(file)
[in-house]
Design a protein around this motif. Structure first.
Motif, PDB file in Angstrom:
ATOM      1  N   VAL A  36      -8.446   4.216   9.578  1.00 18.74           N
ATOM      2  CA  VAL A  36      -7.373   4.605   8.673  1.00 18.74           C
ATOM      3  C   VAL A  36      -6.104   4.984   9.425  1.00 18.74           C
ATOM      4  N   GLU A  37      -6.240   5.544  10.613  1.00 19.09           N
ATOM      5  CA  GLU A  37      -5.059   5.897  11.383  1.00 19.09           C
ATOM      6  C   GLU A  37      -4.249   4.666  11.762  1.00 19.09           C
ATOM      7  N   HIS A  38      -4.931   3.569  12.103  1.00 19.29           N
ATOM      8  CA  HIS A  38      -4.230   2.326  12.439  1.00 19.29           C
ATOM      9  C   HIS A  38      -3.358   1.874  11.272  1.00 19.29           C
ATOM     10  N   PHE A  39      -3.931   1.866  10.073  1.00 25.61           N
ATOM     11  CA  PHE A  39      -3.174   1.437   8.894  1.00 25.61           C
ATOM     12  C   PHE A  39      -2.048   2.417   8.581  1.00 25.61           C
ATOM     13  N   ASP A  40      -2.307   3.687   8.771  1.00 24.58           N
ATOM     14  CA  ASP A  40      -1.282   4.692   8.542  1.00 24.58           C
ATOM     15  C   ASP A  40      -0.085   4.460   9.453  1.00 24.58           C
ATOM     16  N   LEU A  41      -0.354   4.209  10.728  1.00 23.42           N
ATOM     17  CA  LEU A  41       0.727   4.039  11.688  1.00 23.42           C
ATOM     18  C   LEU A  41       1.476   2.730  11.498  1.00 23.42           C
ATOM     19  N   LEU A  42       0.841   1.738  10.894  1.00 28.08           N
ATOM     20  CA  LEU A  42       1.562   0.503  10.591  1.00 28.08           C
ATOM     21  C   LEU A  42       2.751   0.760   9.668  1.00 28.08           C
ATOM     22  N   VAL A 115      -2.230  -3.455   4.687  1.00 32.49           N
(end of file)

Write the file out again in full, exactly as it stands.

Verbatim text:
[in-house]
Design a protein around this motif. Structure first.
Motif, PDB file in Angstrom:
ATOM      1  N   VAL A  36      -8.446   4.216   9.578  1.00 18.74           N
ATOM      2  CA  VAL A  36      -7.373   4.605   8.673  1.00 18.74           C
ATOM      3  C   VAL A  36      -6.104   4.984   9.425  1.00 18.74           C
ATOM      4  N   GLU A  37      -6.240   5.544  10.613  1.00 19.09           N
ATOM      5  CA  GLU A  37      -5.059   5.897  11.383  1.00 19.09           C
ATOM      6  C   GLU A  37      -4.249   4.666  11.762  1.00 19.09           C
ATOM      7  N   HIS A  38      -4.931   3.569  12.103  1.00 19.29           N
ATOM      8  CA  HIS A  38      -4.230   2.326  12.439  1.00 19.29           C
ATOM      9  C   HIS A  38      -3.358   1.874  11.272  1.00 19.29           C
ATOM     10  N   PHE A  39      -3.931   1.866  10.073  1.00 25.61           N
ATOM     11  CA  PHE A  39      -3.174   1.437   8.894  1.00 25.61           C
ATOM     12  C   PHE A  39      -2.048   2.417   8.581  1.00 25.61           C
ATOM     13  N   ASP A  40      -2.307   3.687   8.771  1.00 24.58           N
ATOM     14  CA  ASP A  40      -1.282   4.692   8.542  1.00 24.58           C
ATOM     15  C   ASP A  40      -0.085   4.460   9.453  1.00 24.58           C
ATOM     16  N   LEU A  41      -0.354   4.209  10.728  1.00 23.42           N
ATOM     17  CA  LEU A  41       0.727   4.039  11.688  1.00 23.42           C
ATOM     18  C   LEU A  41       1.476   2.730  11.498  1.00 23.42           C
ATOM     19  N   LEU A  42       0.841   1.738  10.894  1.00 28.08           N
ATOM     20  CA  LEU A  42       1.562   0.503  10.591  1.00 28.08           C
ATOM     21  C   LEU A  42       2.751   0.760   9.668  1.00 28.08           C
ATOM     22  N   VAL A 115      -2.230  -3.455   4.687  1.00 32.49           N